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Before and After the End Permian Extinction Event

Watch: Before and After the End Permian Extinction

The End Permian extinction event that we are looking at this week happened 252 million years ago. This was the third and largest mass extinction event, and almost wiped out life on earth. After the extinction event, recovery led to further reptile diversifications, which among others eventually give rise to the ancestors of mammals, pterosaurs, and dinosaurs (the latter later give rise to birds). This talk begins by describing how the development of the cleidoic (or amniotic) egg (the type of egg which reptiles and birds lay), was absolutely critical in facilitating the dominance of reptiles during the Permian.

In this week I will chat with postdoctoral researcher, Michael Day about the Guadalupian extinction event, which predated the End Permian extinction event by 8 million years. After this, I will talk with palaeontologist/geologist Roger Smith, about the extraordinary mammal-like reptiles from South Africa, and how they were affected by the End Permian extinction event. Lastly, palaeobotanist, John Anderson, will talk to us about his research into the plant (and insect) biodiversity that straddles the Permian-Triassic boundary.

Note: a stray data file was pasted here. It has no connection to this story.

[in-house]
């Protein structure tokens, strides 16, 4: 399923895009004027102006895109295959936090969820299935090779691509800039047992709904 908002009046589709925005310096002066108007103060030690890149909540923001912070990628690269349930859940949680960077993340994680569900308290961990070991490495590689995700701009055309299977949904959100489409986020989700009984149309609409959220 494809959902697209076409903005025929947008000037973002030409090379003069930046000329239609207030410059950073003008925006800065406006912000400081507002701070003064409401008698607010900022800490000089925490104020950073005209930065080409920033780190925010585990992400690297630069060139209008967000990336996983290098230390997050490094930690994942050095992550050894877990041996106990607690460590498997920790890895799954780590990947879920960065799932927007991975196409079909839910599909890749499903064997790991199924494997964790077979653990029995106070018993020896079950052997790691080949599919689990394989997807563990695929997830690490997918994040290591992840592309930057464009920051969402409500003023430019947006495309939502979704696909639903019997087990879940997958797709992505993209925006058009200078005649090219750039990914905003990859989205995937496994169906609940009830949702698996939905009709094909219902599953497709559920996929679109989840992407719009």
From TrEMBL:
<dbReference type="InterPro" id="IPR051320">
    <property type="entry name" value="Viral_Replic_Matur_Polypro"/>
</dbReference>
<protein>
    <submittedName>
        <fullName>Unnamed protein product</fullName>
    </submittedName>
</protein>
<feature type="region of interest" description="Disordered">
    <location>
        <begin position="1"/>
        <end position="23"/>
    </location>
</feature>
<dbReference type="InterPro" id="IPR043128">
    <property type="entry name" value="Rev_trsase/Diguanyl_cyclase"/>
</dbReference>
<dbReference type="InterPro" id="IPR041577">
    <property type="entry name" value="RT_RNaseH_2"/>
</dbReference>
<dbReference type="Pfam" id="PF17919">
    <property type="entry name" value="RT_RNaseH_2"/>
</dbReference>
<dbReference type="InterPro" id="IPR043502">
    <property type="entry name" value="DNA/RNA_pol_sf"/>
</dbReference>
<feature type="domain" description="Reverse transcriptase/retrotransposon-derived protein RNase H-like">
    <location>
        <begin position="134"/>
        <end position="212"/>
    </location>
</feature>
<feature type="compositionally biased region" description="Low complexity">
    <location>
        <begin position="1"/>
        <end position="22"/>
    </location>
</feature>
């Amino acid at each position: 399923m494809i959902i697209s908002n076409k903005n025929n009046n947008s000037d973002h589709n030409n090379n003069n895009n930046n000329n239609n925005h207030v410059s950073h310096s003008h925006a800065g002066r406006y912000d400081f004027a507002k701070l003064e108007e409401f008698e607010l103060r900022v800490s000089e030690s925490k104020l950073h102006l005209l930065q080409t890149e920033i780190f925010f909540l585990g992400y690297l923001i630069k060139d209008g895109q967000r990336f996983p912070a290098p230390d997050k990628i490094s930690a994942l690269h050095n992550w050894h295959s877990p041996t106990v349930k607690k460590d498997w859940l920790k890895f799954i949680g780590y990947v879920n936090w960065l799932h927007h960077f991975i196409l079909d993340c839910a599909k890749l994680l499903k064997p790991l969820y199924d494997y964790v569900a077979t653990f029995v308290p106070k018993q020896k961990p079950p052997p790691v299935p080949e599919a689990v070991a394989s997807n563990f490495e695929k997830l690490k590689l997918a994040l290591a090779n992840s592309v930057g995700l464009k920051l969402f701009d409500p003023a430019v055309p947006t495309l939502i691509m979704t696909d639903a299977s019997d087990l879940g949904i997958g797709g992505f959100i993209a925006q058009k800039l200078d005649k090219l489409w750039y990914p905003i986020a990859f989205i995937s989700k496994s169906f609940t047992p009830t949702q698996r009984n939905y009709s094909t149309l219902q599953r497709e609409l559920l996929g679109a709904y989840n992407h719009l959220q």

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Extinctions: Past and Present

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